State Rep. Elgin Rogers, Jr. visits Sunny Farms Landfill with Seneca County Commissioner Bill Frankart
Story and photos by Sheri Trusty
FOSTORIA – Seneca County Commissioner Bill Frankart welcomed State Rep. Elgin Rogers, Jr. to Fostoria on Nov. 10 to experience waste management operations at Sunny Farms Landfill from the perspective of a local business customer. The landfill is at the core of Senate Bill 119 which, if passed, would approve proactive steps to address health concerns emanating from the site. SB 119 is currently under review by the House Energy and Natural Resources Committee.
State Rep. Gary Click visited the landfill with Frankart and Rogers.
The bill, which is sponsored by State Senator Bill Reineke, proposes changes to laws governing the transfer and disposal of solid waste and construction and demolition debris. Included in the bill is an allowance for a new permissive and variable fee that will fund oversight measures.
Rogers, a member of the House Energy and Natural Resources Committee, asked Frankart to take him to the landfill for a firsthand look at Sunny Farms operations, which have been the subject of community complaints and numerous Ohio EPA violations. Rogers experienced an insider’s view while traveling as a passenger in a dump truck as it unloaded waste at the landfill, and he visited a local homeowner whose front-yard view is marred by the landfill hills. The homeowner said the landfill consisted of one small hill when she and her husband purchased the home ten years ago, and it has grown into an unsightly monstrosity that affects her daily life. She shared with Rogers her fears about the water her children bathe in and the air they breathe.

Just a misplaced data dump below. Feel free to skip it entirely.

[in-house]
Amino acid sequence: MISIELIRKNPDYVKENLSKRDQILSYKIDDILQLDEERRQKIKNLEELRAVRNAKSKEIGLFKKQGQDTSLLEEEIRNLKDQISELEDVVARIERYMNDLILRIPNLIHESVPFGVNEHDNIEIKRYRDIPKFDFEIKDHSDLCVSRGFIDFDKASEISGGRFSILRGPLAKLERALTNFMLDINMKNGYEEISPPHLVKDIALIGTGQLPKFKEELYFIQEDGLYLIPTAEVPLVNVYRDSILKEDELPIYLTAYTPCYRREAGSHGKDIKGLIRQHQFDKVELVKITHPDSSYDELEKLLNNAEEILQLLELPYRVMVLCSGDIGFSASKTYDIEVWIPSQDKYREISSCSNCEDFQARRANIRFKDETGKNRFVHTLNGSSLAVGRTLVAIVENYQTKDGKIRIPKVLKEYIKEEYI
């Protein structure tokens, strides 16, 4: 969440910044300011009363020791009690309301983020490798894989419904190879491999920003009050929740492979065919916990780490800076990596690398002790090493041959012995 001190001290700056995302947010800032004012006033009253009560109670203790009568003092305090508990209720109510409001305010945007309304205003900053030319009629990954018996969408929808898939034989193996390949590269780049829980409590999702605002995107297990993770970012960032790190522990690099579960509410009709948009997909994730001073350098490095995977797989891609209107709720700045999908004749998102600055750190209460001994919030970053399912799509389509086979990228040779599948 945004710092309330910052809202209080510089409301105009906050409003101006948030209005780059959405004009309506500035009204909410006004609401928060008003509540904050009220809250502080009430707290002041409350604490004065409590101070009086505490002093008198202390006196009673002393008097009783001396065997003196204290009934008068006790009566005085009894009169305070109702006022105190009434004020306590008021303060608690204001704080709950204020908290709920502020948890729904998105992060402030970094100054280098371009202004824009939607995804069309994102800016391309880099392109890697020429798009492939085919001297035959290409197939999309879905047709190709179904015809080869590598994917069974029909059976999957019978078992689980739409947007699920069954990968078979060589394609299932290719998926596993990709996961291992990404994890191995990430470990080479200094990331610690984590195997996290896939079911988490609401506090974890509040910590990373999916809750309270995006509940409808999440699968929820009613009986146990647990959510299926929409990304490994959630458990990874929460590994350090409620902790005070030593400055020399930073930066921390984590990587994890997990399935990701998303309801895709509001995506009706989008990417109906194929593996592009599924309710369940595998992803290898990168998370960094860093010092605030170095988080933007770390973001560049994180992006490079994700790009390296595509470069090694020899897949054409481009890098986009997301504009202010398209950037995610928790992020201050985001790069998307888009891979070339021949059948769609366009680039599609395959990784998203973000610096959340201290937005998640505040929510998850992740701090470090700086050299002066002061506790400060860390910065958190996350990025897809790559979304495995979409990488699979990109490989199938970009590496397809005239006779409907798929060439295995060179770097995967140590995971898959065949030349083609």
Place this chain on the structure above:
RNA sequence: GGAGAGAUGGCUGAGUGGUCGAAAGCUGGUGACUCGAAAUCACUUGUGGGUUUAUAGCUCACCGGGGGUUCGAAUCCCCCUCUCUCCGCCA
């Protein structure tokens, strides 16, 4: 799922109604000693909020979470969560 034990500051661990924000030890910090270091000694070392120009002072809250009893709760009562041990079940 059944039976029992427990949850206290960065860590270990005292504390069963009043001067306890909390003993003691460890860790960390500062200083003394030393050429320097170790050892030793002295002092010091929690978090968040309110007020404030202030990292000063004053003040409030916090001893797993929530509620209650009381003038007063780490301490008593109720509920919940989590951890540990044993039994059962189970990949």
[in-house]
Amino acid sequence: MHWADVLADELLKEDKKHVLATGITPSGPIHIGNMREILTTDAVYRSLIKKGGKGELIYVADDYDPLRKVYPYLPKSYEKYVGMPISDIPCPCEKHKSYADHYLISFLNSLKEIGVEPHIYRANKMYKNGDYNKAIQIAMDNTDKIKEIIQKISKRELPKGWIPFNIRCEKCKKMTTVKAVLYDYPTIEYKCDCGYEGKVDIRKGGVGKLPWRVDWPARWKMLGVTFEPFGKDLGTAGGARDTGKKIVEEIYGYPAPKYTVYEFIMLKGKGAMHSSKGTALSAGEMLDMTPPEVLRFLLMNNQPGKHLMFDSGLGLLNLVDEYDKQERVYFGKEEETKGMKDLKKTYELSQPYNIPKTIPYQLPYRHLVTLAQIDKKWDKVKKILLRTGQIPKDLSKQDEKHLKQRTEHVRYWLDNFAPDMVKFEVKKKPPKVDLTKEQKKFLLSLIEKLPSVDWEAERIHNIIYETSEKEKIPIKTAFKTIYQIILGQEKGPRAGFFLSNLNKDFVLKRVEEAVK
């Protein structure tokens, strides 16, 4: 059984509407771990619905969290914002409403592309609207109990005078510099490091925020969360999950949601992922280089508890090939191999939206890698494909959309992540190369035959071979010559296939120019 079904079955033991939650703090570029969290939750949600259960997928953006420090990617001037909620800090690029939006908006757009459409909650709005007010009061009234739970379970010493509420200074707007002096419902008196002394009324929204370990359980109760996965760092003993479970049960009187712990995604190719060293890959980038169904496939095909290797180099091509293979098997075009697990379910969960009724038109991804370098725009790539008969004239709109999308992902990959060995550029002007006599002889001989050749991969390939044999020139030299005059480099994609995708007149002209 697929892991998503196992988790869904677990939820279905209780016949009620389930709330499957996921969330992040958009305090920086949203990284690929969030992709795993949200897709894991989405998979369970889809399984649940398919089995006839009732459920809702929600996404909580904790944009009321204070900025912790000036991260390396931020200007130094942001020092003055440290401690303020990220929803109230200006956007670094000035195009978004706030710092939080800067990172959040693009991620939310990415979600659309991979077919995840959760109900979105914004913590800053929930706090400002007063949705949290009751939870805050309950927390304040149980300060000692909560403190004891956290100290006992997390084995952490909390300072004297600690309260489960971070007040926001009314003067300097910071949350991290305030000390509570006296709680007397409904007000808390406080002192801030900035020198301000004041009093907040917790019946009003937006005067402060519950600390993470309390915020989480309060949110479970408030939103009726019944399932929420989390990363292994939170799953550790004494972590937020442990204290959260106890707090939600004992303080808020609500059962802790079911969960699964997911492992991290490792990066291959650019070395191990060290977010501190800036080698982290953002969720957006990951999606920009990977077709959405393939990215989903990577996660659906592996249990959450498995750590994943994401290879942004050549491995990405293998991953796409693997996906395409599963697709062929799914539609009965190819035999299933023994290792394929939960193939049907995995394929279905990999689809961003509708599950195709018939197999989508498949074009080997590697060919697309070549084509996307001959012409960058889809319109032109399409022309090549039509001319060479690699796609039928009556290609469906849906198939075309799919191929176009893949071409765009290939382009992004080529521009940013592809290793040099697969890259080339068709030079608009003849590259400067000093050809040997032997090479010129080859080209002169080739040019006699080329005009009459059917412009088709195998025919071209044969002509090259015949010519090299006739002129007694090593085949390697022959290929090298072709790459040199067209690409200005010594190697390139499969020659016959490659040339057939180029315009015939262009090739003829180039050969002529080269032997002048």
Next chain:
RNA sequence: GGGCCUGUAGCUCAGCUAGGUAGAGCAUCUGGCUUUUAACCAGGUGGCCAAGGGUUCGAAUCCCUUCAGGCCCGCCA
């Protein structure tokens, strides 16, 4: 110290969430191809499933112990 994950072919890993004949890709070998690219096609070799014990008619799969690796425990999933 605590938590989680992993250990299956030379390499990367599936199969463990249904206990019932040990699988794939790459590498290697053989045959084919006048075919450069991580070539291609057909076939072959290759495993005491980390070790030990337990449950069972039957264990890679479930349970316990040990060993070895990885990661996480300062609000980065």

During his visit, Rogers spoke with Seneca County Health Commissioner Julie Richards and Seneca County General Health District Board Vice President, Zachary West, DO, who talked about their concerns over the landfill’s impact on the health of local residents and about the health departments’ plans for heightened oversight at the landfill. SB 119 will empower the health department with the funds, authority and manpower to ensure the landfill is operating to the highest EPA standards.
Rogers asked West if the health department has cemented its plan, and he questioned the cost to implement it. West told Rogers that the health department spent months developing a Comprehensive Environmental Impact Study. The study, which will cost between $500,000 and $1 million to complete, will address environmental, social and economic factors.
Other elements of the health department’s oversight plan include the installation and operation of two air monitoring systems in communities near the landfill and the hiring of two or more Registered Environmental Health Specialists to regularly inspect the landfill. The high costs of the oversight plan make the passage of SB 119 vital.
Also greeting Rogers in Fostoria were Fostoria Mayor Eric Keckler, Fostoria Mayor-elect Don Mennel and local resident Lora Wolph.
Rogers expressed gratitude for the opportunity to tour the landfill, and the SB 119 supporters who met with him were thankful Rogers cared enough about Seneca County residents to educate himself about their concerns.
“We are very appreciative of Rep. Rogers and Rep Click for taking time out of their busy schedules to visit with constituents and electives on the importance of passing SB 119,” Frankart said.